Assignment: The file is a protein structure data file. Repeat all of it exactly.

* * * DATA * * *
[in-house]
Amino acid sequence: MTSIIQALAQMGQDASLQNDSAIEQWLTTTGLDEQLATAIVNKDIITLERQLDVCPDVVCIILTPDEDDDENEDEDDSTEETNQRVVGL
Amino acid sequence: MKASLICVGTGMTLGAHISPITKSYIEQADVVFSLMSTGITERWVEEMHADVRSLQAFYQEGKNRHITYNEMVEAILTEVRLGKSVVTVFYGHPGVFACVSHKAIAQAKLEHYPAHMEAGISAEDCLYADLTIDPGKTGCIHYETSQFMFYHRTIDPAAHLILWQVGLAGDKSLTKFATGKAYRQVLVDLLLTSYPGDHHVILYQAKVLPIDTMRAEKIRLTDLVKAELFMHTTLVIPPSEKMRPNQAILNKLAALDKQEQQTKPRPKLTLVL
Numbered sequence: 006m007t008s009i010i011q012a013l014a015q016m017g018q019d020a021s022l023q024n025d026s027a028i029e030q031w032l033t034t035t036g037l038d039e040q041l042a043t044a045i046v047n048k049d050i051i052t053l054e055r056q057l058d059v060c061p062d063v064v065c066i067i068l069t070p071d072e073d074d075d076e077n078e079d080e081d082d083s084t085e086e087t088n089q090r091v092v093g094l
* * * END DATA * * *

[in-house]
Amino acid sequence: MTSIIQALAQMGQDASLQNDSAIEQWLTTTGLDEQLATAIVNKDIITLERQLDVCPDVVCIILTPDEDDDENEDEDDSTEETNQRVVGL
Amino acid sequence: MKASLICVGTGMTLGAHISPITKSYIEQADVVFSLMSTGITERWVEEMHADVRSLQAFYQEGKNRHITYNEMVEAILTEVRLGKSVVTVFYGHPGVFACVSHKAIAQAKLEHYPAHMEAGISAEDCLYADLTIDPGKTGCIHYETSQFMFYHRTIDPAAHLILWQVGLAGDKSLTKFATGKAYRQVLVDLLLTSYPGDHHVILYQAKVLPIDTMRAEKIRLTDLVKAELFMHTTLVIPPSEKMRPNQAILNKLAALDKQEQQTKPRPKLTLVL
Numbered sequence: 006m007t008s009i010i011q012a013l014a015q016m017g018q019d020a021s022l023q024n025d026s027a028i029e030q031w032l033t034t035t036g037l038d039e040q041l042a043t044a045i046v047n048k049d050i051i052t053l054e055r056q057l058d059v060c061p062d063v064v065c066i067i068l069t070p071d072e073d074d075d076e077n078e079d080e081d082d083s084t085e086e087t088n089q090r091v092v093g094l